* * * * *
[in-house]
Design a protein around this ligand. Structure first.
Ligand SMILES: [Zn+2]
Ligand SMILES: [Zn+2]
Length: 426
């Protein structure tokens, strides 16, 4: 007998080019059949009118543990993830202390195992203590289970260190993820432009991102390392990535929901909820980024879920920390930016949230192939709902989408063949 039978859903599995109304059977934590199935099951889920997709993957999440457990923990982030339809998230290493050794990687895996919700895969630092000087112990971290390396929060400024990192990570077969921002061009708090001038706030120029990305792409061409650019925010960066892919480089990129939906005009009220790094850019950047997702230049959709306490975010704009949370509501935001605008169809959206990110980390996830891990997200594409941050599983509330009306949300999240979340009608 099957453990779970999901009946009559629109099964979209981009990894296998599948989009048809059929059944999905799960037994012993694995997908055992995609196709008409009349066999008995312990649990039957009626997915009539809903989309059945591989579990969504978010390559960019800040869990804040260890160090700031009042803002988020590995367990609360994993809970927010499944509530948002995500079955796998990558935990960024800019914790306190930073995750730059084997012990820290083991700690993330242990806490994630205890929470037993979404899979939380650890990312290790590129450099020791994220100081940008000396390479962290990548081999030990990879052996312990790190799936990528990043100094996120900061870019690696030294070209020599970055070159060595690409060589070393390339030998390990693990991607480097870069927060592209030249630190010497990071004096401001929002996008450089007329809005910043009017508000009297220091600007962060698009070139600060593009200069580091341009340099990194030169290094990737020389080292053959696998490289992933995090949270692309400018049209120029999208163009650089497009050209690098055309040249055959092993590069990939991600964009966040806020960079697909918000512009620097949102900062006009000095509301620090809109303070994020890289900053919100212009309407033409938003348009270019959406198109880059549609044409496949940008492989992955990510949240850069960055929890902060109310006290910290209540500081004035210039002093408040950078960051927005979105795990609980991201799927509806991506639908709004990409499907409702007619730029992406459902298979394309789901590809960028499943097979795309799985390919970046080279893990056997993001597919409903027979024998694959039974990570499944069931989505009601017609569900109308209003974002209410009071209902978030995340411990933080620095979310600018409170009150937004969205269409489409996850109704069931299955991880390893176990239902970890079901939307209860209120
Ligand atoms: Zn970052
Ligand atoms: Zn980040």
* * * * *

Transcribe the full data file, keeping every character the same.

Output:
[in-house]
Design a protein around this ligand. Structure first.
Ligand SMILES: [Zn+2]
Ligand SMILES: [Zn+2]
Length: 426
């Protein structure tokens, strides 16, 4: 007998080019059949009118543990993830202390195992203590289970260190993820432009991102390392990535929901909820980024879920920390930016949230192939709902989408063949 039978859903599995109304059977934590199935099951889920997709993957999440457990923990982030339809998230290493050794990687895996919700895969630092000087112990971290390396929060400024990192990570077969921002061009708090001038706030120029990305792409061409650019925010960066892919480089990129939906005009009220790094850019950047997702230049959709306490975010704009949370509501935001605008169809959206990110980390996830891990997200594409941050599983509330009306949300999240979340009608 099957453990779970999901009946009559629109099964979209981009990894296998599948989009048809059929059944999905799960037994012993694995997908055992995609196709008409009349066999008995312990649990039957009626997915009539809903989309059945591989579990969504978010390559960019800040869990804040260890160090700031009042803002988020590995367990609360994993809970927010499944509530948002995500079955796998990558935990960024800019914790306190930073995750730059084997012990820290083991700690993330242990806490994630205890929470037993979404899979939380650890990312290790590129450099020791994220100081940008000396390479962290990548081999030990990879052996312990790190799936990528990043100094996120900061870019690696030294070209020599970055070159060595690409060589070393390339030998390990693990991607480097870069927060592209030249630190010497990071004096401001929002996008450089007329809005910043009017508000009297220091600007962060698009070139600060593009200069580091341009340099990194030169290094990737020389080292053959696998490289992933995090949270692309400018049209120029999208163009650089497009050209690098055309040249055959092993590069990939991600964009966040806020960079697909918000512009620097949102900062006009000095509301620090809109303070994020890289900053919100212009309407033409938003348009270019959406198109880059549609044409496949940008492989992955990510949240850069960055929890902060109310006290910290209540500081004035210039002093408040950078960051927005979105795990609980991201799927509806991506639908709004990409499907409702007619730029992406459902298979394309789901590809960028499943097979795309799985390919970046080279893990056997993001597919409903027979024998694959039974990570499944069931989505009601017609569900109308209003974002209410009071209902978030995340411990933080620095979310600018409170009150937004969205269409489409996850109704069931299955991880390893176990239902970890079901939307209860209120
Ligand atoms: Zn970052
Ligand atoms: Zn980040």